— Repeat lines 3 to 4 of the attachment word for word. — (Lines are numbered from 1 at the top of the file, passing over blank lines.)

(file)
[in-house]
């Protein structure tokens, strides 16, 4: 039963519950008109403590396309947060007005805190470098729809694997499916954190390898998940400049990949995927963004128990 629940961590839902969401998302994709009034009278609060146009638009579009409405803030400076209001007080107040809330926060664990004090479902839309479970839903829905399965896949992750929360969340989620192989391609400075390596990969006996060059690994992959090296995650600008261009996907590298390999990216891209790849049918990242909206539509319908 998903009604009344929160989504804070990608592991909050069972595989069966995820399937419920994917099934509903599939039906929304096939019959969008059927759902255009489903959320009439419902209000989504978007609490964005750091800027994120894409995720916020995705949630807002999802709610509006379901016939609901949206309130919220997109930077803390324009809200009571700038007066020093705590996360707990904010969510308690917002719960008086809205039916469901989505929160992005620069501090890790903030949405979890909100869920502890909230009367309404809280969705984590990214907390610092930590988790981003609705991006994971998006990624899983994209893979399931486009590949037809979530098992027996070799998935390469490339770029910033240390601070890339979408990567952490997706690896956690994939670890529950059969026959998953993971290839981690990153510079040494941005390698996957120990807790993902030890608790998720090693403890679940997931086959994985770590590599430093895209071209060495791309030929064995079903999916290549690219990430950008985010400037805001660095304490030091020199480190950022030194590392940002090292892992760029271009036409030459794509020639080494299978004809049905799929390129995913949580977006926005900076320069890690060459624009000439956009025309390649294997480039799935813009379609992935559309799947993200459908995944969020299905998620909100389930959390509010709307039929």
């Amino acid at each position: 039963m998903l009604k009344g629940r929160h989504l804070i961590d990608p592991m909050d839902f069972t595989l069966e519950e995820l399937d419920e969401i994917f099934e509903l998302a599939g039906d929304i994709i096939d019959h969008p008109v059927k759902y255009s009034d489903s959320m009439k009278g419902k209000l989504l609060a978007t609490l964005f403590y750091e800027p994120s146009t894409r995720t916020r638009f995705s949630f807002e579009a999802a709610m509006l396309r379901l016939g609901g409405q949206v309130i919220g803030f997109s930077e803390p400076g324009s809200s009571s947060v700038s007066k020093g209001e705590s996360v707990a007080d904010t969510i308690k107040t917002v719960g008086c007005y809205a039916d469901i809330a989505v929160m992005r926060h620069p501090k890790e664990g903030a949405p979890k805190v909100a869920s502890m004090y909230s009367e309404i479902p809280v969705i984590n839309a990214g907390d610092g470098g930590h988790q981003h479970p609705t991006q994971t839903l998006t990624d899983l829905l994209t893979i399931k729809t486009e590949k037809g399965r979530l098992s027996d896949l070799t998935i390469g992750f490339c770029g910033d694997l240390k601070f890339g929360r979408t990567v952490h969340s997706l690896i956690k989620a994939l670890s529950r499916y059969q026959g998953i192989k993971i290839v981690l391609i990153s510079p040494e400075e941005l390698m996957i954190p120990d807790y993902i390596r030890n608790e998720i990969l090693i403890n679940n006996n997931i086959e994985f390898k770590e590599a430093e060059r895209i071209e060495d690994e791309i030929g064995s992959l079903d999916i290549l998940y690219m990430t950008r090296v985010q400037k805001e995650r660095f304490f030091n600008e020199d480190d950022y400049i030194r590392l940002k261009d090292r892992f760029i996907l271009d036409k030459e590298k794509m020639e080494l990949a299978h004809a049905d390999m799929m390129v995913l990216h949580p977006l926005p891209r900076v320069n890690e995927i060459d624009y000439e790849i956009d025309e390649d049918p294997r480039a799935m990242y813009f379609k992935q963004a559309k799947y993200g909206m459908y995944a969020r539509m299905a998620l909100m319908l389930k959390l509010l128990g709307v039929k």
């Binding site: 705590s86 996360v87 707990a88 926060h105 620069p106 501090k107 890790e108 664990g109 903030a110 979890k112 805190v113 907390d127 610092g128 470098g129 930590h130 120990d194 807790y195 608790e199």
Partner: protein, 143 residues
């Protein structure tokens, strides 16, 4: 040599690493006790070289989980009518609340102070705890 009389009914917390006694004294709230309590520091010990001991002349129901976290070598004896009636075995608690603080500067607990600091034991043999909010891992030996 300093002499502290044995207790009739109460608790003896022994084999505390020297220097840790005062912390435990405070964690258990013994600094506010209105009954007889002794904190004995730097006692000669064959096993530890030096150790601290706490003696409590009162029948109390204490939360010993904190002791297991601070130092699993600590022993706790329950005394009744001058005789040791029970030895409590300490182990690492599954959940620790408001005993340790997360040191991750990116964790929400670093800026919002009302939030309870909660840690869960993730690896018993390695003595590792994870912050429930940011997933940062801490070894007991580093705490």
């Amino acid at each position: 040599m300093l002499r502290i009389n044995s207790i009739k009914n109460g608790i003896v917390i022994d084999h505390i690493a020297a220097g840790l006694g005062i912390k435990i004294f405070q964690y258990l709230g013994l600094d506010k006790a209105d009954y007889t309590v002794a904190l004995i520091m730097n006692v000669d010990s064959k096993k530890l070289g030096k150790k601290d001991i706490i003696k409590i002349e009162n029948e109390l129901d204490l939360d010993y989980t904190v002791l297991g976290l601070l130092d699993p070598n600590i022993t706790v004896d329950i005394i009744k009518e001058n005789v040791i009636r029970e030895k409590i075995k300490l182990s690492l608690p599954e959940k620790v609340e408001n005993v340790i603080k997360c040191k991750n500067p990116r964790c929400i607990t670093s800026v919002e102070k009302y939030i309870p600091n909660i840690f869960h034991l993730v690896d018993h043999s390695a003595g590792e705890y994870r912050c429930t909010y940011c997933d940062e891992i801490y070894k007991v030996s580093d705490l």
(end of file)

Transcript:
């Amino acid at each position: 039963m998903l009604k009344g629940r929160h989504l804070i961590d990608p592991m909050d839902f069972t595989l069966e519950e995820l399937d419920e969401i994917f099934e509903l998302a599939g039906d929304i994709i096939d019959h969008p008109v059927k759902y255009s009034d489903s959320m009439k009278g419902k209000l989504l609060a978007t609490l964005f403590y750091e800027p994120s146009t894409r995720t916020r638009f995705s949630f807002e579009a999802a709610m509006l396309r379901l016939g609901g409405q949206v309130i919220g803030f997109s930077e803390p400076g324009s809200s009571s947060v700038s007066k020093g209001e705590s996360v707990a007080d904010t969510i308690k107040t917002v719960g008086c007005y809205a039916d469901i809330a989505v929160m992005r926060h620069p501090k890790e664990g903030a949405p979890k805190v909100a869920s502890m004090y909230s009367e309404i479902p809280v969705i984590n839309a990214g907390d610092g470098g930590h988790q981003h479970p609705t991006q994971t839903l998006t990624d899983l829905l994209t893979i399931k729809t486009e590949k037809g399965r979530l098992s027996d896949l070799t998935i390469g992750f490339c770029g910033d694997l240390k601070f890339g929360r979408t990567v952490h969340s997706l690896i956690k989620a994939l670890s529950r499916y059969q026959g998953i192989k993971i290839v981690l391609i990153s510079p040494e400075e941005l390698m996957i954190p120990d807790y993902i390596r030890n608790e998720i990969l090693i403890n679940n006996n997931i086959e994985f390898k770590e590599a430093e060059r895209i071209e060495d690994e791309i030929g064995s992959l079903d999916i290549l998940y690219m990430t950008r090296v985010q400037k805001e995650r660095f304490f030091n600008e020199d480190d950022y400049i030194r590392l940002k261009d090292r892992f760029i996907l271009d036409k030459e590298k794509m020639e080494l990949a299978h004809a049905d390999m799929m390129v995913l990216h949580p977006l926005p891209r900076v320069n890690e995927i060459d624009y000439e790849i956009d025309e390649d049918p294997r480039a799935m990242y813009f379609k992935q963004a559309k799947y993200g909206m459908y995944a969020r539509m299905a998620l909100m319908l389930k959390l509010l128990g709307v039929k």
């Binding site: 705590s86 996360v87 707990a88 926060h105 620069p106 501090k107 890790e108 664990g109 903030a110 979890k112 805190v113 907390d127 610092g128 470098g129 930590h130 120990d194 807790y195 608790e199």